Since we've had so many questions about this crazy adventure, I thought it would be fun to start this blog to document our progress.

So this is the starting line.

The cottage is a 20's craftsman style farm house on the very edge of the Fayetteville city limits.  As you can tell right off the bat, something is a little wonky with the porch.  It also has asbestos tile roofing (!) that needs to be replaced.  It also presently has lead paint, and knob and tube wiring.  In sum, the place is not for the faint of heart.  However, the wood siding and front porch columns are cypress and are apparently good shape.

Around the right side of the house is a side porch with a pergola that is going to have to be completely replaced.  There's also the back door, complete with creaky screen door.

The living room has the original built-ins flanking the fireplace, and french doors to the dining room. As you can begin to see, the entire house--inside and out--is made of wood.  Most of it is long-leaf pine.  So though there has been some termite damage from prior roof leaks, the structural engineers said we had nothing to worry about because there is so much wood, it remains structurally sound.

]Here's another view of the living room facing the front porch.  The floors in the living and bedroom appear to be oak, and have never been re-sanded or stained.  There are some pretty nasty 1960's ceiling tiles in several rooms.

This is the original dining room.  The piano came with the house.  It doesn't work now, but getting it restored is on the to-do list.  Before we bought the house, someone had removed whatever was on the ceiling.  The strings hanging down and small strips just to the right of the piano are the remnants of cheesecloth.  Back in the day, they nailed cheesecloth to the boards to serve as backer for wallpaper. That's probably why the boards themselves have maintained such beautiful color, but the cheesecloth has so decayed that it comes apart in individual strands.

Here's the kitchen.  Nasty wallboard and ceiling covering up more wood walls.  Nasty linoleum floor covering wood floors. Cracking paint everywhere.  Nasty laminate countertop.  But check out those cabinets.  They still have the original crystal pulls. And how about that sink? Apparently under the countertop is a solid piece of cypress wood that we are probably going to up-cycle.

Another view of the kitchen. The jog in the wall hides an old chimney.  There used to be cast iron stoves the heated the kitchen and the smaller bedroom.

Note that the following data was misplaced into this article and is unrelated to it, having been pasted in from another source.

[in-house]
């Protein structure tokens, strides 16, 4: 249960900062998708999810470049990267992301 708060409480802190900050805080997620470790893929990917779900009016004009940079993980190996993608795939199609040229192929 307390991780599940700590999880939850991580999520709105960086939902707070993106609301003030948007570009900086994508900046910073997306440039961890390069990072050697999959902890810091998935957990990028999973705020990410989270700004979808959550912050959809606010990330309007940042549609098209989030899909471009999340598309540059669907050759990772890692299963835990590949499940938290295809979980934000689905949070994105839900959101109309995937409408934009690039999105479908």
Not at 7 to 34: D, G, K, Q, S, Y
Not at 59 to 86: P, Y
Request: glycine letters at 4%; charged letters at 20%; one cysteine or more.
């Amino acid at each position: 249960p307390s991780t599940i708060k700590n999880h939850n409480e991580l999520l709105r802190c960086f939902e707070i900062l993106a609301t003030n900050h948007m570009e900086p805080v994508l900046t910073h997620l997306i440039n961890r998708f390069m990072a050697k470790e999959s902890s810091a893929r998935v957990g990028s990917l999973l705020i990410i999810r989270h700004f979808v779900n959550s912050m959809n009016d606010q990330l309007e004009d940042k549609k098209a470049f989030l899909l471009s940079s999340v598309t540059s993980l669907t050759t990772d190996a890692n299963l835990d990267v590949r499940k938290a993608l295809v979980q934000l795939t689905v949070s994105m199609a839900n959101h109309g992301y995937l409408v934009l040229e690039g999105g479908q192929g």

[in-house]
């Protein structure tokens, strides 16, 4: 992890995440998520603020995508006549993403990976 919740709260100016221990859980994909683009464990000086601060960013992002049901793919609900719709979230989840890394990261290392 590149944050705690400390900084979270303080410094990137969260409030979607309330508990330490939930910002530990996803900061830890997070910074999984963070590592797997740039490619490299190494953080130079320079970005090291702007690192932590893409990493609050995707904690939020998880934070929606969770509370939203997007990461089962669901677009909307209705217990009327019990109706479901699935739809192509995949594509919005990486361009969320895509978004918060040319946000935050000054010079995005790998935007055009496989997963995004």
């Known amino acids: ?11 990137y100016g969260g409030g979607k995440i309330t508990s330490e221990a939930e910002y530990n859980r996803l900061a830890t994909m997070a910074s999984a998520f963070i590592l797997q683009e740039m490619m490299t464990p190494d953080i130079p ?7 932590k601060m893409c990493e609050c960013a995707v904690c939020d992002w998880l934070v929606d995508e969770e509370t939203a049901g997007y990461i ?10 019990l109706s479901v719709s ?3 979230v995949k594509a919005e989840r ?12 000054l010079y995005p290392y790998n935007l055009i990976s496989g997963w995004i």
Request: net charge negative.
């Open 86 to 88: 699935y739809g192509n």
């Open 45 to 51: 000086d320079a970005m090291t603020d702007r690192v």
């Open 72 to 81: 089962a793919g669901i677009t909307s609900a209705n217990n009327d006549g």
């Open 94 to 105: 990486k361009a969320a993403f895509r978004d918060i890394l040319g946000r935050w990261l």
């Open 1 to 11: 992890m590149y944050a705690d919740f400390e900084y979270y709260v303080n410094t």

This isn't the best picture, but you can see the mudroom and back door to the left and a breakfast room on the right.  The breakfast room has the most water damage.  

Icky.  There's really not more you can say about it.  But where there is now a before, there will soon be an "after" (eventually).

Off of the kitchen at the back of the house is a sunroom with two walls of windows.  All of the windows are the original double-hung wooden windows that lift with the help of window weights and cords.  Most of them still open, though the cords have broken on some of them so we have to prop them up.  Quite a few work amazingly well for their age.

The smaller of the two bedrooms features 1960s faux wood paneling over icky 1940s(?) wallpaper.  It also contains the "upgraded" electrical boxes.  

Is this not the scariest thing you've ever seen?  The electrician who "upgraded" the electrical tied in modern wiring to knob and tube that had completely lost its insulation.  Needless to say, we have not yet turned on the power for fear of fire.

The interior hallway connects the two bedrooms, the dining room and the only bathroom.  The bedroom is through the closed door on the left.  The smaller bedroom is straight ahead.  The dining room is through the door on the right.  Notice the nifty telephone ledge.  Oh yeah, the phone nook will stay, but it might get upgraded with a usb plug for cell phones.

The bathroom.  Notice the prior owners left their cleaning products behind.  The walls and ceiling are probably the most disgusting in here.  Clearly a lot of work to be done.  But you can see the original crystal doorknob on the door.  We have all of the original doorknobs too.

At the front of the house, just off the living room, is the master bedroom.  The master bedroom is big enough for a king size bed and has a cedar-lined closet.

The house sits on just over an acre of land that has 10 (overgrown) pecan trees. There are 5 outbuildings.  Below is the garden shed.  The vines growing up the outside of the shed and on the tree to the left are poison ivy.  You can see the "modern" garage in the background on the left that probably dates from the 1950s.

This is the older garage that we think was built contemporaneously with the main house.  There is more poison ivy to the right of the garage, which Larry discovered the hard way.  But growing all along the fence is also a ton of wisteria that should look amazing (after the overgrowth is cleared).  I haven't yet summoned the courage to enter the back room of the garden shed.  

There is also a little red barn in the back, a chicken coop, and a cistern house.  I don't have any photos of them right now, though because the back is very overgrown and too scary to go poking around (between spiders, snakes, and poison ivy, the photos will have to wait until we get someone to clear the brush).

In sum, even though it's going to be an enormous project, we are pretty excited to start the journey and share it with all our friends.